The commoner. (Lincoln, Neb.) 1901-1923, June 22, 1906, Page 5, Image 5

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    JUNE 22, 1908
The Commoner
It is interesting to read some of the inter
views, speeches and editorials delivered in be
half of the republican party during the 189G cam
paign in the light of recent developments. Nearly
every one of the men conspicuous in recent day
oxposures, were quoted by the republican news
papers in behalf of republican victory and it was
invariably on the plea that the national honor
must be preserved.
Remembering that the republican campaign
fund in 1896 was as unmistakably shown by re
cent disclosures largely made up of mis-appropriated
trust funds, it is interesting to read some
of the things written by. newspaper editors with
respect to the republican victory.
The Chicago Record-Herald, then known as
the Times-Herald, said: "The great conserva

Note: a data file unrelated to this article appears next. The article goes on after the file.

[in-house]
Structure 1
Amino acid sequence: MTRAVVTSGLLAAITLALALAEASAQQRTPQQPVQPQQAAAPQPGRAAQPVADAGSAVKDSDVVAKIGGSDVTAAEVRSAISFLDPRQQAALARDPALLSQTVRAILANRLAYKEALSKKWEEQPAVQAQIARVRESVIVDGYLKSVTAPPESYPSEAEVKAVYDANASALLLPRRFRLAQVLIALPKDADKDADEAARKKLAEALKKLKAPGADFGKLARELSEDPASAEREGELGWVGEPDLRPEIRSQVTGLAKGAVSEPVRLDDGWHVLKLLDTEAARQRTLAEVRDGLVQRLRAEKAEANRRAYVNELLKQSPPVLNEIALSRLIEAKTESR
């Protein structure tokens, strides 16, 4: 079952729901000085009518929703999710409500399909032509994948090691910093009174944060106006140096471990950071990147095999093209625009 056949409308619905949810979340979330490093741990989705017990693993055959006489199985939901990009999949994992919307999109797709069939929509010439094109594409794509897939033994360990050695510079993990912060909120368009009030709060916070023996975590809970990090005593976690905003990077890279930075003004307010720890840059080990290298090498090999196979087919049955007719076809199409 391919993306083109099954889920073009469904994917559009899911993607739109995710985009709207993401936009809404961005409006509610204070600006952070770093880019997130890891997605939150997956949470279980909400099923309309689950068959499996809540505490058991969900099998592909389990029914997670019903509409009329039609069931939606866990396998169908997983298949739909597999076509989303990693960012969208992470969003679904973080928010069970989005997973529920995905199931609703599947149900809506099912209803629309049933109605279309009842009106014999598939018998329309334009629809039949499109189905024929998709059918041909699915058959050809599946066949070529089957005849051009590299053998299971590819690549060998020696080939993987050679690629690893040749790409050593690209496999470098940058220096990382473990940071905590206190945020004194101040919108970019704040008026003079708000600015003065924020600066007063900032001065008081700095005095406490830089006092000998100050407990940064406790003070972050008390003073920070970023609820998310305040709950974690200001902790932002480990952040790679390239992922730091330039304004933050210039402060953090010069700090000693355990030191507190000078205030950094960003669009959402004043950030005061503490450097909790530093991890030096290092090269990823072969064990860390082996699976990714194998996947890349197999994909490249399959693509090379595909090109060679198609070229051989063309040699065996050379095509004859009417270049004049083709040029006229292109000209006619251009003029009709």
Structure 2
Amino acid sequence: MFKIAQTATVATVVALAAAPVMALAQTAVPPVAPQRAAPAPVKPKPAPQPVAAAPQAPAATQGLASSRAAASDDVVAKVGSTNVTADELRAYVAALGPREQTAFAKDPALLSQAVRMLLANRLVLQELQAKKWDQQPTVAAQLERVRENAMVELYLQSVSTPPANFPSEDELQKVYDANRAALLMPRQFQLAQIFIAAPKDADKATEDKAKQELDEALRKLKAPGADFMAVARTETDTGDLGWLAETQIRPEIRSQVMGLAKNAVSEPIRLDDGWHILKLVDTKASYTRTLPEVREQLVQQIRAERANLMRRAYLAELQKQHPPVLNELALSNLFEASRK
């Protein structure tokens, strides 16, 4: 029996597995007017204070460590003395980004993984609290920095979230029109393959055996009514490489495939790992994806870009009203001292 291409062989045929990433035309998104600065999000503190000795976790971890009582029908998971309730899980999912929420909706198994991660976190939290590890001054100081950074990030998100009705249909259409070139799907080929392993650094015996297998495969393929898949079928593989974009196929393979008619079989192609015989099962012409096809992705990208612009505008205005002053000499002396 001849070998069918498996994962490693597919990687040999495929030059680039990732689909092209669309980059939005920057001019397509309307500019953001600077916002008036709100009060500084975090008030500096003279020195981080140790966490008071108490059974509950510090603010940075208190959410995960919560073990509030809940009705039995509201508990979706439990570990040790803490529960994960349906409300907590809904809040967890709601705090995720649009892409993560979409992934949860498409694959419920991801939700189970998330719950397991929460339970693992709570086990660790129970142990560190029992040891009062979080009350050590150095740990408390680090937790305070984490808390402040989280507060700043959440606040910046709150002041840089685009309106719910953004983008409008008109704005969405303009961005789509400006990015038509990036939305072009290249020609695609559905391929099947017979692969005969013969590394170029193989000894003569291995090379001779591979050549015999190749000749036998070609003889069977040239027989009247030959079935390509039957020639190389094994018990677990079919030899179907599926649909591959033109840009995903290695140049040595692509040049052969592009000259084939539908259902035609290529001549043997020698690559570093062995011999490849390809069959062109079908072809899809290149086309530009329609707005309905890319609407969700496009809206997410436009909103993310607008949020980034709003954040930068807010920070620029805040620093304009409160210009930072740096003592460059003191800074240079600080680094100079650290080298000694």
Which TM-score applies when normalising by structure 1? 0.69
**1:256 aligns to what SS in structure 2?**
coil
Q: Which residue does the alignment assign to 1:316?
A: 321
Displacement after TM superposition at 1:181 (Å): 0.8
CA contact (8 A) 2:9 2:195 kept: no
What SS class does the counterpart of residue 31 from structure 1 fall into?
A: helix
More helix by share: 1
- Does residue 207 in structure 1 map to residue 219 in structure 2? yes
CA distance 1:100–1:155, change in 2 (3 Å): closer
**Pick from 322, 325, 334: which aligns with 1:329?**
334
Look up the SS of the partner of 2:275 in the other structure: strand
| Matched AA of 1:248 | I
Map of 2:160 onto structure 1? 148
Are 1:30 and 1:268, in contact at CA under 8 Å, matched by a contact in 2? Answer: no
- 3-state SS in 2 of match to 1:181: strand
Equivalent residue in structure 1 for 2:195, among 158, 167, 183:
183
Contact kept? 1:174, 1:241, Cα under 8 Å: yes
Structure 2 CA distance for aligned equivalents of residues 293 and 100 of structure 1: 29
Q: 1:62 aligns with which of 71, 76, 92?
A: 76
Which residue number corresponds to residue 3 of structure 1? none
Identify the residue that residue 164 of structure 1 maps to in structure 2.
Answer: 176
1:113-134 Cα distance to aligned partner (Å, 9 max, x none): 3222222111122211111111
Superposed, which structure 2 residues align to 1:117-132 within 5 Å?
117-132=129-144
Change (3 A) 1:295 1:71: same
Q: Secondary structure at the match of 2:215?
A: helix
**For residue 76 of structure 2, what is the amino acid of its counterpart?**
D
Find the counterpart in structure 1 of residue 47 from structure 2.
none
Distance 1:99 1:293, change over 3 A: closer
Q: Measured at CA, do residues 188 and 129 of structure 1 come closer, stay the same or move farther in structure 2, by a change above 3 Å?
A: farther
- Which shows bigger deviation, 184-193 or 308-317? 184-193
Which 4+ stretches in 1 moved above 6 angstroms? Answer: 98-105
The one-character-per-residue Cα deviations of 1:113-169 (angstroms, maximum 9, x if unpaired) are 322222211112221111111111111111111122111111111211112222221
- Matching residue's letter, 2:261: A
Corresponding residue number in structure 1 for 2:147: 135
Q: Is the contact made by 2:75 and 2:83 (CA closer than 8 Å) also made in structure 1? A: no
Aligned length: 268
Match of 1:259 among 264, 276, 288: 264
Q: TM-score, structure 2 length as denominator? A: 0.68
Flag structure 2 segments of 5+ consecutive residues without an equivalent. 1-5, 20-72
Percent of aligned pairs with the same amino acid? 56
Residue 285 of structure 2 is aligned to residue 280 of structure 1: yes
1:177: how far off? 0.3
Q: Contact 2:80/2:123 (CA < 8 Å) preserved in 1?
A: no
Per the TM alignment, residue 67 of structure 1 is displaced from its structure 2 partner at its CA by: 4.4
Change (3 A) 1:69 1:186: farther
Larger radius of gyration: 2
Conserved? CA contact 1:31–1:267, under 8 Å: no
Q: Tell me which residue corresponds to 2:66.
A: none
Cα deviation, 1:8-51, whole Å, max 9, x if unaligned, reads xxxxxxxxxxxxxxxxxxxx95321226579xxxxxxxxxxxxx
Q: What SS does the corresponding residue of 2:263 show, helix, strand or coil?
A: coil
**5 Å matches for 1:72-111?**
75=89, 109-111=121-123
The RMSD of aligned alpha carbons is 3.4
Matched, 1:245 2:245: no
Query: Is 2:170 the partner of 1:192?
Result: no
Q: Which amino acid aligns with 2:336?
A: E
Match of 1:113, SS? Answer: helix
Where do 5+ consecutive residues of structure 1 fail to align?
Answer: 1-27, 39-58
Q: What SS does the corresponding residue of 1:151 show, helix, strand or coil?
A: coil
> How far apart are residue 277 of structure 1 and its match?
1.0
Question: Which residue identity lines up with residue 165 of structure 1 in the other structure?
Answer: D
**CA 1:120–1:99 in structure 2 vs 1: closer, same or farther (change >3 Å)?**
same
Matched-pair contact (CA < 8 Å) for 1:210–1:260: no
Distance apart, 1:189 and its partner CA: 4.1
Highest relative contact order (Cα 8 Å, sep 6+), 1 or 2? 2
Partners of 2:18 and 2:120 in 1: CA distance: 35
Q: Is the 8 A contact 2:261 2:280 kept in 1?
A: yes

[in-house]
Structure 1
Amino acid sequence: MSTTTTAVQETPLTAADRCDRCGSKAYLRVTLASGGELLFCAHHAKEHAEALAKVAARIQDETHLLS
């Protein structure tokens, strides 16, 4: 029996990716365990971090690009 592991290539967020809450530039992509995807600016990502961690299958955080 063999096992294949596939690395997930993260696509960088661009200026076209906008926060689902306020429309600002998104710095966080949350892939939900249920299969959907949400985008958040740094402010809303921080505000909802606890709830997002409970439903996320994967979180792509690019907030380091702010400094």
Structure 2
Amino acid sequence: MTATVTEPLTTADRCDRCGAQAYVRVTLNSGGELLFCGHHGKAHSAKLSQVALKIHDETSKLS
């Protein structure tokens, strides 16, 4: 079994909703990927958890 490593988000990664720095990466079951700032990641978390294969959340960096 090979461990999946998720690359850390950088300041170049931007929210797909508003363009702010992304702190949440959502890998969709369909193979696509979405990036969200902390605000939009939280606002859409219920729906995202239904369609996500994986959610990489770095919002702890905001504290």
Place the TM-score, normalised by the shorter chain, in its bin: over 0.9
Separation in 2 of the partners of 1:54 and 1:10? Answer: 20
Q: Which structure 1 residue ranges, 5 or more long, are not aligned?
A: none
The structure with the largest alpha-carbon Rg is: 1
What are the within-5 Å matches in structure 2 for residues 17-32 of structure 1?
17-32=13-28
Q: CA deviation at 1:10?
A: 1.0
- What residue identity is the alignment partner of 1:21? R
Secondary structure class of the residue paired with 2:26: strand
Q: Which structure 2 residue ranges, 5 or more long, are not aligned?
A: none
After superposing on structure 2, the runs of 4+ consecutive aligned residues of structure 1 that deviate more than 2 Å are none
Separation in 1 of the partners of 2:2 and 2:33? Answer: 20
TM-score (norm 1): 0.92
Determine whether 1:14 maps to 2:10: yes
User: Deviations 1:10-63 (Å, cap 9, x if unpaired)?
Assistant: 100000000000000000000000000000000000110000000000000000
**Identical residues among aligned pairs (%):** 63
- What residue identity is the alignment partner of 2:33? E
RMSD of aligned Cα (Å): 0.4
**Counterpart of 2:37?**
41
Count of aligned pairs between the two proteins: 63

tive patriotic sentiment of the country has re
sponded with mighty power. The bulwarks of
law and order in this republic are impregnable.
Popular government is not a failure. It was a
famous victory."
The Philadelphia Public Ledger said: "Men
were inspired by the highest Ideals of patriotism
to pu'c aside partisanship and, in this great crisis
In their country's history, to' put party behind
them, to put country to the fore, and keep it
there invulnerably intrenched in public virtue and
patriotism. The momentous conteBt brought to
gether at the polls men of thought and con
science from all parties, of all shades of political
opinion, to contend together for the safe guarding
of the honor of the nation, the upholding of ob
servance of the law, the defense, of the political
freedom of the judiciary, the social indivisibility
of the American people; no classes, no masses."
The New York World said: "It is a triumph
of morality, and patriotism. Democratic votes,
guided by conscience and independence, gave to
the magnificent column in favor of sound money,
law, order and national authority, these states
all of which voted for the democratic candidate
in 1892: Connecticut, Delaware, Illinois, Indiana,
New Jersey, New York, Maryland, Wisconsin,
Kentucky, West Virginia. Never before has there
been such a test of democratic conscience and
The New York Tribune said: "There are
some movement so base, some causes so de
praved, that neither victory can justify them nor
defeat entitle them to commiseration. Such a
cause was that which was vanquished yesterday,
by the favor of God and the ballots of the Ameri